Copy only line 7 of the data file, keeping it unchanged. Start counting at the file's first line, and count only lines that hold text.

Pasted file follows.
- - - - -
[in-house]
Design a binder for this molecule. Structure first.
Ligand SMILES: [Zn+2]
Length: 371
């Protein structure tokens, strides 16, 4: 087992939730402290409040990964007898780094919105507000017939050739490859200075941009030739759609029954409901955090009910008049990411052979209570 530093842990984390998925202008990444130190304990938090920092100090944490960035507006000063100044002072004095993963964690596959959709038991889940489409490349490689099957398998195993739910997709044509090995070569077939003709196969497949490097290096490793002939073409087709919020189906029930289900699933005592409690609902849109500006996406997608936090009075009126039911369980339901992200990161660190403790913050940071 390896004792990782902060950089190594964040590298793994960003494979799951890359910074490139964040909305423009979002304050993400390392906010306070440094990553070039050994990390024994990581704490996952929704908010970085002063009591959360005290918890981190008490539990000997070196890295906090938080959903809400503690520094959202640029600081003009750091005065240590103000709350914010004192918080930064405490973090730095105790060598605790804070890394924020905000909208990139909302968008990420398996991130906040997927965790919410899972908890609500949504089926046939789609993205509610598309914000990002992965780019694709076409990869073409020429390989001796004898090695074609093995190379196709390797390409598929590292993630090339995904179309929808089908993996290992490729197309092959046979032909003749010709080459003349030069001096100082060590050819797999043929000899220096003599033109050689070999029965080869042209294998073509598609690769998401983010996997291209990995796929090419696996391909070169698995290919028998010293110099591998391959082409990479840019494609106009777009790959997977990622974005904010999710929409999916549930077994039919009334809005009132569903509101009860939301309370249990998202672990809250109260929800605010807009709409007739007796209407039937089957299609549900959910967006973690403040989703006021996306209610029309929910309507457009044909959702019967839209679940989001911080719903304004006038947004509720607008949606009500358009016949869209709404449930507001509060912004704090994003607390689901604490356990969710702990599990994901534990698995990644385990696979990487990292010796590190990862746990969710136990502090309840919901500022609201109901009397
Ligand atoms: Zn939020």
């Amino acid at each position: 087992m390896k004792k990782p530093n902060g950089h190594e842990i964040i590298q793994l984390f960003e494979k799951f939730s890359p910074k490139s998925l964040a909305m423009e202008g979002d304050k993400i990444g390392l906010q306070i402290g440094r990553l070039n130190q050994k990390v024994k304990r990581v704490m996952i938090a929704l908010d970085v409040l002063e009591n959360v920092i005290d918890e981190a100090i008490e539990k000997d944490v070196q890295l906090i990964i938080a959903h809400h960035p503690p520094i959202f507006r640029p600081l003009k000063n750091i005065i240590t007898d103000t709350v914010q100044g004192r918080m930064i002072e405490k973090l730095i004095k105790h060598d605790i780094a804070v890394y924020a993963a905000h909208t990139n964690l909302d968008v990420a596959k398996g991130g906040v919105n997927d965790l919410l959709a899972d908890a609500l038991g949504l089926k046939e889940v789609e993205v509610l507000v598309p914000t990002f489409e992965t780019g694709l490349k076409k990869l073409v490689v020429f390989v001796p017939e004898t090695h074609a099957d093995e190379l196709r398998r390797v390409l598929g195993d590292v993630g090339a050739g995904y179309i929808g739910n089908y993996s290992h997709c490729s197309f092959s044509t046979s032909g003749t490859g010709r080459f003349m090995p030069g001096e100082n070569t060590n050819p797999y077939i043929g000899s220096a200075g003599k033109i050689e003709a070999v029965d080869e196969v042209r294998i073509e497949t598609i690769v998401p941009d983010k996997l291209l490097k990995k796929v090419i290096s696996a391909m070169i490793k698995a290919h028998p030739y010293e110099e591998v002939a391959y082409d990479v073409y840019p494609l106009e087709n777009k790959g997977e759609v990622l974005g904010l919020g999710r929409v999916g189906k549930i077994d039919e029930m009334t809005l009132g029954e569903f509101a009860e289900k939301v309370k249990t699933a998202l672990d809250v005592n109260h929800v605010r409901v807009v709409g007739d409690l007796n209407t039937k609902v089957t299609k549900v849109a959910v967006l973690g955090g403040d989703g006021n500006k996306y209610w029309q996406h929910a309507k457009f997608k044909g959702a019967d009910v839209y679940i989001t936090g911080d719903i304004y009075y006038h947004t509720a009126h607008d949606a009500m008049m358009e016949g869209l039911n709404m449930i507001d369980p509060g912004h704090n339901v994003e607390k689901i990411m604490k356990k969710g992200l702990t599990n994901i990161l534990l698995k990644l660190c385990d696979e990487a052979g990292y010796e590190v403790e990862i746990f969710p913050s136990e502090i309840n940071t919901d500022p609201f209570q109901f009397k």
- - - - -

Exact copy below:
């Amino acid at each position: 087992m390896k004792k990782p530093n902060g950089h190594e842990i964040i590298q793994l984390f960003e494979k799951f939730s890359p910074k490139s998925l964040a909305m423009e202008g979002d304050k993400i990444g390392l906010q306070i402290g440094r990553l070039n130190q050994k990390v024994k304990r990581v704490m996952i938090a929704l908010d970085v409040l002063e009591n959360v920092i005290d918890e981190a100090i008490e539990k000997d944490v070196q890295l906090i990964i938080a959903h809400h960035p503690p520094i959202f507006r640029p600081l003009k000063n750091i005065i240590t007898d103000t709350v914010q100044g004192r918080m930064i002072e405490k973090l730095i004095k105790h060598d605790i780094a804070v890394y924020a993963a905000h909208t990139n964690l909302d968008v990420a596959k398996g991130g906040v919105n997927d965790l919410l959709a899972d908890a609500l038991g949504l089926k046939e889940v789609e993205v509610l507000v598309p914000t990002f489409e992965t780019g694709l490349k076409k990869l073409v490689v020429f390989v001796p017939e004898t090695h074609a099957d093995e190379l196709r398998r390797v390409l598929g195993d590292v993630g090339a050739g995904y179309i929808g739910n089908y993996s290992h997709c490729s197309f092959s044509t046979s032909g003749t490859g010709r080459f003349m090995p030069g001096e100082n070569t060590n050819p797999y077939i043929g000899s220096a200075g003599k033109i050689e003709a070999v029965d080869e196969v042209r294998i073509e497949t598609i690769v998401p941009d983010k996997l291209l490097k990995k796929v090419i290096s696996a391909m070169i490793k698995a290919h028998p030739y010293e110099e591998v002939a391959y082409d990479v073409y840019p494609l106009e087709n777009k790959g997977e759609v990622l974005g904010l919020g999710r929409v999916g189906k549930i077994d039919e029930m009334t809005l009132g029954e569903f509101a009860e289900k939301v309370k249990t699933a998202l672990d809250v005592n109260h929800v605010r409901v807009v709409g007739d409690l007796n209407t039937k609902v089957t299609k549900v849109a959910v967006l973690g955090g403040d989703g006021n500006k996306y209610w029309q996406h929910a309507k457009f997608k044909g959702a019967d009910v839209y679940i989001t936090g911080d719903i304004y009075y006038h947004t509720a009126h607008d949606a009500m008049m358009e016949g869209l039911n709404m449930i507001d369980p509060g912004h704090n339901v994003e607390k689901i990411m604490k356990k969710g992200l702990t599990n994901i990161l534990l698995k990644l660190c385990d696979e990487a052979g990292y010796e590190v403790e990862i746990f969710p913050s136990e502090i309840n940071t919901d500022p609201f209570q109901f009397k």